Increasingly, Americans live in a world tinged with ignorance.  Politicians from both sides of the aisle regularly make statements (usually about one another) that are simply untrue, and yet are disseminated widely.  The media, it seems, considers it their responsibility to broadcast to the world the most outrageous statements made by anybody, regardless of their veracity.  And at least some among us think that we should not teach people to look at such statements critically:  the Texas Republican Party adopted as part of their platform an element which puts them on record as being opposed to the teaching of higher order thinking skills.   Officials from the party later said this was a mistake, but then also said it could not be corrected until the next time the platform was considered – apparently in a couple of years or so.

We all pay a high price when ignorance triumphs.  What is to become of a country in which a significant number of its citizens are educated in a way that ignores modern science?  What is to become of a country in which a significant number of its citizens are taught that they must interpret the Bible literally, and that this literal reading trumps every other source of knowledge?  What is to become of us when we allow others who are culturally, socially, or religiously different to be vilified by unchallenged stereotypes rooted in ignorance?

I don’t think the answers to any of these questions will be good.

The Power of Belonging

I have long been impressed by the way the Gospels tell the story of the formation of the circle of Jesus’ followers:  those who became disciples are depicted as going about their daily work when Jesus comes along and says something like, “Come, follow me.”  And immediately, the stories say, the would-be disciples drop what they are doing and follow Jesus.  They seem to make their decision with very little thought.  They don’t ask questions about who Jesus is or what he’s about – they just go with him.

I have tended mostly to focus on the individuals in these stories:  that the decision to accept Jesus’ invitation to follow him is made so quickly because somehow, the hearing of Jesus’ voice resonates with them in a way that allows them to recognize that he has something they have been longing for deep within themselves.

But these stories also say something about the community that Jesus is forming.  His invitation to them comes without any conditions.  He doesn’t hand them a tract that presents his doctrinal emphases.  He doesn’t tell them that if they fail to follow him, they will go to hell.  He doesn’t inquire about whether they might meet certain membership criteria.  He simply invites them to come and spend time with him, to get to know him, to see what he’s about.  Jesus begins by creating a small community.  And everything else proceeds from there.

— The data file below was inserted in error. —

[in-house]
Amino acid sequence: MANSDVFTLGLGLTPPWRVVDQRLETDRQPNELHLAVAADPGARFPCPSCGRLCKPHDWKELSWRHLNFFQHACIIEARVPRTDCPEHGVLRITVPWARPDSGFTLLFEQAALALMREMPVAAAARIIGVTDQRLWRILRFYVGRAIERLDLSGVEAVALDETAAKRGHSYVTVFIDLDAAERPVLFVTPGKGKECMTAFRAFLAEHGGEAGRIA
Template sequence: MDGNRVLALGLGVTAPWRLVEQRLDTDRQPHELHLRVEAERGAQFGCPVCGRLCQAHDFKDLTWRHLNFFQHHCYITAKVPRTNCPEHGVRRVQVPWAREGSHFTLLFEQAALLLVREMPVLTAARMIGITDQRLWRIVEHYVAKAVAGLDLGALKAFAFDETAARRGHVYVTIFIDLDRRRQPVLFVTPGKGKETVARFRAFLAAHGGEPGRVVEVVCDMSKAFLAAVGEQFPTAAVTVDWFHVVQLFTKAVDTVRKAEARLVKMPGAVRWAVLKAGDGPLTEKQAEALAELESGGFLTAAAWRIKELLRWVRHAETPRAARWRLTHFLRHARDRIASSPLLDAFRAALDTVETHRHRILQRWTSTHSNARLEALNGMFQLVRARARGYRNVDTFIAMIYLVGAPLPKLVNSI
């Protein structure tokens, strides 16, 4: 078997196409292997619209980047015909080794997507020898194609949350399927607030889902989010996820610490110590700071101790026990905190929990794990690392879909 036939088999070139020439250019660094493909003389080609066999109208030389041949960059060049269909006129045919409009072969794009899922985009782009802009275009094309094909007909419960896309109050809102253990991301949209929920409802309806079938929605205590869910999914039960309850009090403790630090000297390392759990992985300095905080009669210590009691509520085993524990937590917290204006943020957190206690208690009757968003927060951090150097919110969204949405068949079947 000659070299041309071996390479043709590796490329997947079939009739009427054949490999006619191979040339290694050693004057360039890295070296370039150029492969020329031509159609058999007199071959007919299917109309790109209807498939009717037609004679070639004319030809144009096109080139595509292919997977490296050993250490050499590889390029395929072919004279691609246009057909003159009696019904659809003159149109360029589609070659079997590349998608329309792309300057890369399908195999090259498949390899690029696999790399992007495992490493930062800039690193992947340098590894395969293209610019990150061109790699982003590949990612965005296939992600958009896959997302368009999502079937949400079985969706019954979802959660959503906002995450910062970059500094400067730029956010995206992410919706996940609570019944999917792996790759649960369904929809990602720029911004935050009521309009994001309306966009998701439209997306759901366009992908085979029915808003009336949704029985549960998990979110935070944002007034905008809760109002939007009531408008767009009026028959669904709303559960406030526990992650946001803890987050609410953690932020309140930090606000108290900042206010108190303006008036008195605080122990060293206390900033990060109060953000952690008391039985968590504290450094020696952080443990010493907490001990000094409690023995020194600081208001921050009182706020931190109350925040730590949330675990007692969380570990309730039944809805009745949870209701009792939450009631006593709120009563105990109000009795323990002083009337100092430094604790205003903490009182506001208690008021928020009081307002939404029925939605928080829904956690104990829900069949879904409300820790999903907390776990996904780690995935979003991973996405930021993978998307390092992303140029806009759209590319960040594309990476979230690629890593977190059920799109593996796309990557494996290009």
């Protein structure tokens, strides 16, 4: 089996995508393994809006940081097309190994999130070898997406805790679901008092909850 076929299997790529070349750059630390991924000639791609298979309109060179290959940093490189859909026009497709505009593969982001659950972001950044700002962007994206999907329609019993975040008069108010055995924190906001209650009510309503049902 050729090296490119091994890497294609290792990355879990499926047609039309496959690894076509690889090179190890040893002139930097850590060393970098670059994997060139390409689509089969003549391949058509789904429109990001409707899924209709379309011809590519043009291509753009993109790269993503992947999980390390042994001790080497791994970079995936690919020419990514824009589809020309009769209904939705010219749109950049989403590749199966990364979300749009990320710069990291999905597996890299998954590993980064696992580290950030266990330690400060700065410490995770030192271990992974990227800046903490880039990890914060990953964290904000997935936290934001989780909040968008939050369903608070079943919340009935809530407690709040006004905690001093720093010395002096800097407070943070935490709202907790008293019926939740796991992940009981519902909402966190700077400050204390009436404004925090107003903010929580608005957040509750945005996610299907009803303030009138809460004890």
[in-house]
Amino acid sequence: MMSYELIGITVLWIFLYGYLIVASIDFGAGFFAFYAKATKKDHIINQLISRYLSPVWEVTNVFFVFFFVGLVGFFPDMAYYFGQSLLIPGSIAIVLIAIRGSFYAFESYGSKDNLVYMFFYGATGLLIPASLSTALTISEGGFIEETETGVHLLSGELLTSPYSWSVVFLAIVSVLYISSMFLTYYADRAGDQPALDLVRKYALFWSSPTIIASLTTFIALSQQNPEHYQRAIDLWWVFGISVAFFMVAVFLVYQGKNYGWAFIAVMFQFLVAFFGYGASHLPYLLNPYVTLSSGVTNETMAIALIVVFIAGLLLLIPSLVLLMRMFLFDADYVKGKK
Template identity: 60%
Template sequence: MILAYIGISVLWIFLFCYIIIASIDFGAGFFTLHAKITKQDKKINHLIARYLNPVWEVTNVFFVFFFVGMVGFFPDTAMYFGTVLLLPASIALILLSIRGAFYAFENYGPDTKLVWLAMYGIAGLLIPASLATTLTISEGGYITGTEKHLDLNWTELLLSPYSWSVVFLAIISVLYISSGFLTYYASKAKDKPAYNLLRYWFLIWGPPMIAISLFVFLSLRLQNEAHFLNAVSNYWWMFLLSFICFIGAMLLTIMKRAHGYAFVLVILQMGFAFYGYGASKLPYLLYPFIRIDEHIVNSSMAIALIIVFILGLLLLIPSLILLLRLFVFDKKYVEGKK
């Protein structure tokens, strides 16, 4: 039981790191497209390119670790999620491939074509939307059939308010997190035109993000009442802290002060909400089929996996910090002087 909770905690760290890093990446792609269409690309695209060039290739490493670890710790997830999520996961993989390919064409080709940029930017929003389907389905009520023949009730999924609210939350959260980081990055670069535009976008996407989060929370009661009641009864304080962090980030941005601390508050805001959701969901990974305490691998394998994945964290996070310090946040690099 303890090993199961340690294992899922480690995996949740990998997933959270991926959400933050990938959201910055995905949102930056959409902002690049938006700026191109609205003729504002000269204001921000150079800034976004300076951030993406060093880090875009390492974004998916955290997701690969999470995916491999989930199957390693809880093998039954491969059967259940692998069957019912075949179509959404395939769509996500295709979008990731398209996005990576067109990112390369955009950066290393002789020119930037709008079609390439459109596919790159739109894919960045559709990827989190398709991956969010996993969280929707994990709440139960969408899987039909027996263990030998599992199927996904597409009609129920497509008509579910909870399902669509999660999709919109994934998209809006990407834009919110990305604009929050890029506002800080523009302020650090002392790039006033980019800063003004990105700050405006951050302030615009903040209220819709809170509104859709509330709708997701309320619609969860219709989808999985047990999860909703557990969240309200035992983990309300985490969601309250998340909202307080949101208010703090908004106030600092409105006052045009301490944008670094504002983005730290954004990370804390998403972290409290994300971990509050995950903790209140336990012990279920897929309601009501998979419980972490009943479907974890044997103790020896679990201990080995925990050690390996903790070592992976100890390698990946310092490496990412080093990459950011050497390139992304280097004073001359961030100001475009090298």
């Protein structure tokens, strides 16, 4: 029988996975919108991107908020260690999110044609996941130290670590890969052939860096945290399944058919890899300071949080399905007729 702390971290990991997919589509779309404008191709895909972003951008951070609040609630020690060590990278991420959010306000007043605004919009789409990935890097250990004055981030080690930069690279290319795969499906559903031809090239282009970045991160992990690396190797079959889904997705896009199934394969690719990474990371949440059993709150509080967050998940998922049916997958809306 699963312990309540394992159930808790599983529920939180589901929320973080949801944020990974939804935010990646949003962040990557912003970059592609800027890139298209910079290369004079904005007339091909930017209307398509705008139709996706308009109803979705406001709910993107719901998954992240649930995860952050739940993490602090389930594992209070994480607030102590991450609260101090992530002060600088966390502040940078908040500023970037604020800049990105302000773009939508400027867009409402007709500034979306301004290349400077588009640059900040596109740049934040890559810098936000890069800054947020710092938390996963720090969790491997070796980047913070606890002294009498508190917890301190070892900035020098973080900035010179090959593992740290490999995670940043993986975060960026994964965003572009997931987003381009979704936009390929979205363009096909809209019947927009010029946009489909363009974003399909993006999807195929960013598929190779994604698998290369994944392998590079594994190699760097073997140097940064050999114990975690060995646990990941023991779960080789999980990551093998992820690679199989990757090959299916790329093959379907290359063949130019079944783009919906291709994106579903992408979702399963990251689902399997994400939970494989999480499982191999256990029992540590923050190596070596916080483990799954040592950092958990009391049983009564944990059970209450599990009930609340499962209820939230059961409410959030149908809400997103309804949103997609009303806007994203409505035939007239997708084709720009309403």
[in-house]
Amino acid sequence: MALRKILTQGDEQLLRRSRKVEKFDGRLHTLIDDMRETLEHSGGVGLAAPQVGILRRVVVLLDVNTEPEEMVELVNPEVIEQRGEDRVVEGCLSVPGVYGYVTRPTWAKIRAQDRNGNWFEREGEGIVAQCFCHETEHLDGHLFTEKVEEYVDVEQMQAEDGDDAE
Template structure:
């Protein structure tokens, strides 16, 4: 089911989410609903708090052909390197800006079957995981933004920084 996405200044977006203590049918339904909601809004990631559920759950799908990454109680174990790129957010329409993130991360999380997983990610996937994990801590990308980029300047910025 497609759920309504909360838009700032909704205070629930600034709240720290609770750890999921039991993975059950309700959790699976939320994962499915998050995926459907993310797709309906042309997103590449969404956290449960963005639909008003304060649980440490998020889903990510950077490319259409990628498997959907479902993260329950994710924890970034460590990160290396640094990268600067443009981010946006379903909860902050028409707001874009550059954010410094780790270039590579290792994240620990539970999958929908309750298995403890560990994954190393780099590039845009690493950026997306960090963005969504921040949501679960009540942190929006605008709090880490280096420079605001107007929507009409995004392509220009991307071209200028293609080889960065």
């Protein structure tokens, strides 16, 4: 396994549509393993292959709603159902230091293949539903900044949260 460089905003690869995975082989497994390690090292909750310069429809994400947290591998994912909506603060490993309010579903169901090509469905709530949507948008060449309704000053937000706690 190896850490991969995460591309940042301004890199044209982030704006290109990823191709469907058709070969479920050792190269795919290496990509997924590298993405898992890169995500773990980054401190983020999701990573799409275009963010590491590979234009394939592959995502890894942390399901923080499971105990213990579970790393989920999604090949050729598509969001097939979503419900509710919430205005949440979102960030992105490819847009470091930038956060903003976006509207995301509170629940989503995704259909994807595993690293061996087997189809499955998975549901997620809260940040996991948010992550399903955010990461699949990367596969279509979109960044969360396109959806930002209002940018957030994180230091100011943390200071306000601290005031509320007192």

Within this small community, Jesus’ first followers spend a lot of time together.  They form relationships with Jesus and with one another.  They pray together, they listen to Jesus’ teaching, they ask questions.   They eat together.  They share one another’s lives.  And out of this experience of community, out of a shared spiritual practice and a shared common life, they begin to understand more about who Jesus is and what he represents.  Their relationship with God is deepened.  They gradually come to believe certain things, discover certain commitments, realize their vocations.  Within this first Jesus community, the power of belonging to the community is revealed in relationships, both divine and human, that become transformative.

This pattern is almost exactly the opposite of the way in which most churches work.  We might do some inviting in, but mostly we wait for people to show up.  Whether they come through invitation or curiosity, most people are then introduced to an array of conditions for belonging to the church.   Churches want to make sure that people coming to them believe the right things, understand the essential doctrinal points that the particular church holds dear, have experienced baptism in the right way, have the right take on who Jesus is.  Only when churches are sure of these things do they then allow a person to fully belong to the community.

Churches would do well, I think, to appreciate the implications of the way in which Jesus created community.  Remarkably, he did not care much what people thought or believed.  He simply invited them in and gave them a place to belong.  It was that experience of belonging that opened up the first disciples to a transformative relationship with God in Christ.   And it is that same experience of belonging that will open up people today.